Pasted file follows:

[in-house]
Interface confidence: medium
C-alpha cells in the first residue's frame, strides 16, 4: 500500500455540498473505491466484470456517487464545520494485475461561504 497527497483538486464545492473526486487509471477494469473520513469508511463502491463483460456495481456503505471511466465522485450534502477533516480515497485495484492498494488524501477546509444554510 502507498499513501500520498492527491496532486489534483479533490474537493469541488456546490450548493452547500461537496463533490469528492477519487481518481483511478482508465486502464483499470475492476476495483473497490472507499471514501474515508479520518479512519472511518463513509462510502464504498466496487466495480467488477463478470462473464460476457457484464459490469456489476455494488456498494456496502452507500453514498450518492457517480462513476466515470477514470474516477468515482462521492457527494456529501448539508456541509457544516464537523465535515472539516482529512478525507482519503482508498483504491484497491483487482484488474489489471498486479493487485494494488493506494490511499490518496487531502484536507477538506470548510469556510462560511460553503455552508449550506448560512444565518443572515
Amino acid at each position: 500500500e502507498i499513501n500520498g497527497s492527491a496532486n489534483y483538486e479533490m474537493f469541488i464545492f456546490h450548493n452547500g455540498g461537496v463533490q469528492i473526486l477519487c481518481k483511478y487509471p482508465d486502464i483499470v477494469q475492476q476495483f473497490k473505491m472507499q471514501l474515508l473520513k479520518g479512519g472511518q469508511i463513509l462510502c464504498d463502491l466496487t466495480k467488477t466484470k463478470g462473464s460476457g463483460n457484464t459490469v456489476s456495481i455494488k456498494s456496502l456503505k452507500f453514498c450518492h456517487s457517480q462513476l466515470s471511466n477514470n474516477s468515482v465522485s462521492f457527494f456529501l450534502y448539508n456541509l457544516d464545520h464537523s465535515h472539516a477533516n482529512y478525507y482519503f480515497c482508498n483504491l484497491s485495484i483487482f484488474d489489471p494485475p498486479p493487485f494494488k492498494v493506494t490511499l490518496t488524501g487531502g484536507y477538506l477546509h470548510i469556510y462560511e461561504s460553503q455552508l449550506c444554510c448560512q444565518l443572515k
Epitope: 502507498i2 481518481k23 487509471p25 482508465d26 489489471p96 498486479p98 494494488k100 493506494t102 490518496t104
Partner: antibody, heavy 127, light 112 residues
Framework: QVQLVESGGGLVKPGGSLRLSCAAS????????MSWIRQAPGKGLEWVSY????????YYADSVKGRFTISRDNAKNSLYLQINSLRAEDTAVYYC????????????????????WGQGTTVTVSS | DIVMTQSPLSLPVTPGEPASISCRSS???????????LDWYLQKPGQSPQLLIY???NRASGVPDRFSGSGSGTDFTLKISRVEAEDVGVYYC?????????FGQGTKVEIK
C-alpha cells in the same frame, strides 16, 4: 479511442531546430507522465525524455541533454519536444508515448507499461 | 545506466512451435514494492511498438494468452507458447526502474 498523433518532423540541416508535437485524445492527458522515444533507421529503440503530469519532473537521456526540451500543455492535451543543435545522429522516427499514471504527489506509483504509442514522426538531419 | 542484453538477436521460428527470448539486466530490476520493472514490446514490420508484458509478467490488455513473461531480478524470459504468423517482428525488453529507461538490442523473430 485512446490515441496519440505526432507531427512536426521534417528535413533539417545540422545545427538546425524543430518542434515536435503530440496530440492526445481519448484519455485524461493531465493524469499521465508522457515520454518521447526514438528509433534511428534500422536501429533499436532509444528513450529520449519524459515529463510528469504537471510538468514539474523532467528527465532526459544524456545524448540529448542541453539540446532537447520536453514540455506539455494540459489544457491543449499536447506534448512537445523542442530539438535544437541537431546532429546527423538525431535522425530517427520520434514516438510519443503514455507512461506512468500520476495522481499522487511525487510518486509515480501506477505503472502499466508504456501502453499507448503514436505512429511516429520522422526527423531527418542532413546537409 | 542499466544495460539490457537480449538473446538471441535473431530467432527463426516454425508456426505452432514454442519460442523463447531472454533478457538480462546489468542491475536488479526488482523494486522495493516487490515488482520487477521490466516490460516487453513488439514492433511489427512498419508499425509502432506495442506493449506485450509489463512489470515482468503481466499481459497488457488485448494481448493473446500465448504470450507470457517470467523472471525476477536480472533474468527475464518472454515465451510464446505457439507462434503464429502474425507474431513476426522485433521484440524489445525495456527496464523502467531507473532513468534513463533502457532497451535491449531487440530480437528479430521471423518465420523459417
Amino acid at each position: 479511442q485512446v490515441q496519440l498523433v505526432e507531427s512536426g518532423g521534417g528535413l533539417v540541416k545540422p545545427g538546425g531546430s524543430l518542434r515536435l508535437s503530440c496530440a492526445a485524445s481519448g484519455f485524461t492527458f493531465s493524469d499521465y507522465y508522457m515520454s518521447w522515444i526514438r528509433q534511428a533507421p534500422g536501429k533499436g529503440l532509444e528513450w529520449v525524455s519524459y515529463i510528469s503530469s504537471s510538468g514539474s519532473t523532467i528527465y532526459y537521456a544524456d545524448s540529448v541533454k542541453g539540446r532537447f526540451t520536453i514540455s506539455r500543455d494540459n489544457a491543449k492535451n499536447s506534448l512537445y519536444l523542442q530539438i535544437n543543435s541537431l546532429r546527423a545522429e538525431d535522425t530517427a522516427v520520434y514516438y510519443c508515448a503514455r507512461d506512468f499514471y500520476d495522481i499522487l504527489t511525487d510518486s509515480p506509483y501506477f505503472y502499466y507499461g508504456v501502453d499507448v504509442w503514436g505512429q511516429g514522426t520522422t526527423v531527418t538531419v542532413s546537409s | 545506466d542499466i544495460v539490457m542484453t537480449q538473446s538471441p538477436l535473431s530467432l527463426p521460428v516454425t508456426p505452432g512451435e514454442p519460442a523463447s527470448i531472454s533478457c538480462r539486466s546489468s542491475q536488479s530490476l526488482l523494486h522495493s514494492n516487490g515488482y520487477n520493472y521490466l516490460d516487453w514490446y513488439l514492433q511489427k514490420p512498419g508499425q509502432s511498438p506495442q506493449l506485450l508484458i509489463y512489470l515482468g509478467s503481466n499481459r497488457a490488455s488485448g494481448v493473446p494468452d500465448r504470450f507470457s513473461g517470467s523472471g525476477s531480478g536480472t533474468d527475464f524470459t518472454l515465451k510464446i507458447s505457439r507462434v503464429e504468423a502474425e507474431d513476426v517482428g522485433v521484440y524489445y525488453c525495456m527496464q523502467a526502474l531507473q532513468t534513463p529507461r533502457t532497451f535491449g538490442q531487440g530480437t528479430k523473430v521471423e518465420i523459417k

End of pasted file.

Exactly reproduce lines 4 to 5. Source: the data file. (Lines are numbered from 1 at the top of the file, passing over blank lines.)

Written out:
Amino acid at each position: 500500500e502507498i499513501n500520498g497527497s492527491a496532486n489534483y483538486e479533490m474537493f469541488i464545492f456546490h450548493n452547500g455540498g461537496v463533490q469528492i473526486l477519487c481518481k483511478y487509471p482508465d486502464i483499470v477494469q475492476q476495483f473497490k473505491m472507499q471514501l474515508l473520513k479520518g479512519g472511518q469508511i463513509l462510502c464504498d463502491l466496487t466495480k467488477t466484470k463478470g462473464s460476457g463483460n457484464t459490469v456489476s456495481i455494488k456498494s456496502l456503505k452507500f453514498c450518492h456517487s457517480q462513476l466515470s471511466n477514470n474516477s468515482v465522485s462521492f457527494f456529501l450534502y448539508n456541509l457544516d464545520h464537523s465535515h472539516a477533516n482529512y478525507y482519503f480515497c482508498n483504491l484497491s485495484i483487482f484488474d489489471p494485475p498486479p493487485f494494488k492498494v493506494t490511499l490518496t488524501g487531502g484536507y477538506l477546509h470548510i469556510y462560511e461561504s460553503q455552508l449550506c444554510c448560512q444565518l443572515k
Epitope: 502507498i2 481518481k23 487509471p25 482508465d26 489489471p96 498486479p98 494494488k100 493506494t102 490518496t104